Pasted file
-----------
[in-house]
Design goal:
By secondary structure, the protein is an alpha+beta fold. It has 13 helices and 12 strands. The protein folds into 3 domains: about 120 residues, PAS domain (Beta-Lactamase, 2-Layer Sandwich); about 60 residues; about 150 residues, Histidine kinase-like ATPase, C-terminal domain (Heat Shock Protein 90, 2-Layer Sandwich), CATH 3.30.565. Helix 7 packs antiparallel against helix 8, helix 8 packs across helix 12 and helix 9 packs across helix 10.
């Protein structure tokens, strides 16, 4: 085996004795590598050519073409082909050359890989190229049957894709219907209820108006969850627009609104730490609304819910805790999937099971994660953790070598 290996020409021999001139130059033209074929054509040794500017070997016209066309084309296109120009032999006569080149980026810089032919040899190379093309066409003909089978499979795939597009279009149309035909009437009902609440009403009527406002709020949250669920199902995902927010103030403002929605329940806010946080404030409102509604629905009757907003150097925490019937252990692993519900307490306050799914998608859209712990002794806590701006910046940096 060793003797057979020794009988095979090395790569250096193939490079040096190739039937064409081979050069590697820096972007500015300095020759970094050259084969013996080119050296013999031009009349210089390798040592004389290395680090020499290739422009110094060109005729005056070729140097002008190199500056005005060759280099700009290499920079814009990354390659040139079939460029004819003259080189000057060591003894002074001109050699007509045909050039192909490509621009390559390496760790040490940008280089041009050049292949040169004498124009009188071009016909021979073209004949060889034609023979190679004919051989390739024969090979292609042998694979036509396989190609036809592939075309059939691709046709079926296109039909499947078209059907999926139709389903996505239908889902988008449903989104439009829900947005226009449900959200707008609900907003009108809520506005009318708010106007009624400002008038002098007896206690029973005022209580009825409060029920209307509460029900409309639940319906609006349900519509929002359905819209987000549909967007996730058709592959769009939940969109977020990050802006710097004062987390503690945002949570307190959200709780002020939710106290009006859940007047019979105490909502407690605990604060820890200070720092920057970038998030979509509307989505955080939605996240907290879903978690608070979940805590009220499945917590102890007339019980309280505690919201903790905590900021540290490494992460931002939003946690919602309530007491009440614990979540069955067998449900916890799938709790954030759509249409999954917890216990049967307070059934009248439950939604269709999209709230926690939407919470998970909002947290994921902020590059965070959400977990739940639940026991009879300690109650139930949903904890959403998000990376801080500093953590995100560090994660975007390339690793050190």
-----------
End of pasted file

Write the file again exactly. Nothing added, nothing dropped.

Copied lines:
[in-house]
Design goal:
By secondary structure, the protein is an alpha+beta fold. It has 13 helices and 12 strands. The protein folds into 3 domains: about 120 residues, PAS domain (Beta-Lactamase, 2-Layer Sandwich); about 60 residues; about 150 residues, Histidine kinase-like ATPase, C-terminal domain (Heat Shock Protein 90, 2-Layer Sandwich), CATH 3.30.565. Helix 7 packs antiparallel against helix 8, helix 8 packs across helix 12 and helix 9 packs across helix 10.
């Protein structure tokens, strides 16, 4: 085996004795590598050519073409082909050359890989190229049957894709219907209820108006969850627009609104730490609304819910805790999937099971994660953790070598 290996020409021999001139130059033209074929054509040794500017070997016209066309084309296109120009032999006569080149980026810089032919040899190379093309066409003909089978499979795939597009279009149309035909009437009902609440009403009527406002709020949250669920199902995902927010103030403002929605329940806010946080404030409102509604629905009757907003150097925490019937252990692993519900307490306050799914998608859209712990002794806590701006910046940096 060793003797057979020794009988095979090395790569250096193939490079040096190739039937064409081979050069590697820096972007500015300095020759970094050259084969013996080119050296013999031009009349210089390798040592004389290395680090020499290739422009110094060109005729005056070729140097002008190199500056005005060759280099700009290499920079814009990354390659040139079939460029004819003259080189000057060591003894002074001109050699007509045909050039192909490509621009390559390496760790040490940008280089041009050049292949040169004498124009009188071009016909021979073209004949060889034609023979190679004919051989390739024969090979292609042998694979036509396989190609036809592939075309059939691709046709079926296109039909499947078209059907999926139709389903996505239908889902988008449903989104439009829900947005226009449900959200707008609900907003009108809520506005009318708010106007009624400002008038002098007896206690029973005022209580009825409060029920209307509460029900409309639940319906609006349900519509929002359905819209987000549909967007996730058709592959769009939940969109977020990050802006710097004062987390503690945002949570307190959200709780002020939710106290009006859940007047019979105490909502407690605990604060820890200070720092920057970038998030979509509307989505955080939605996240907290879903978690608070979940805590009220499945917590102890007339019980309280505690919201903790905590900021540290490494992460931002939003946690919602309530007491009440614990979540069955067998449900916890799938709790954030759509249409999954917890216990049967307070059934009248439950939604269709999209709230926690939407919470998970909002947290994921902020590059965070959400977990739940639940026991009879300690109650139930949903904890959403998000990376801080500093953590995100560090994660975007390339690793050190």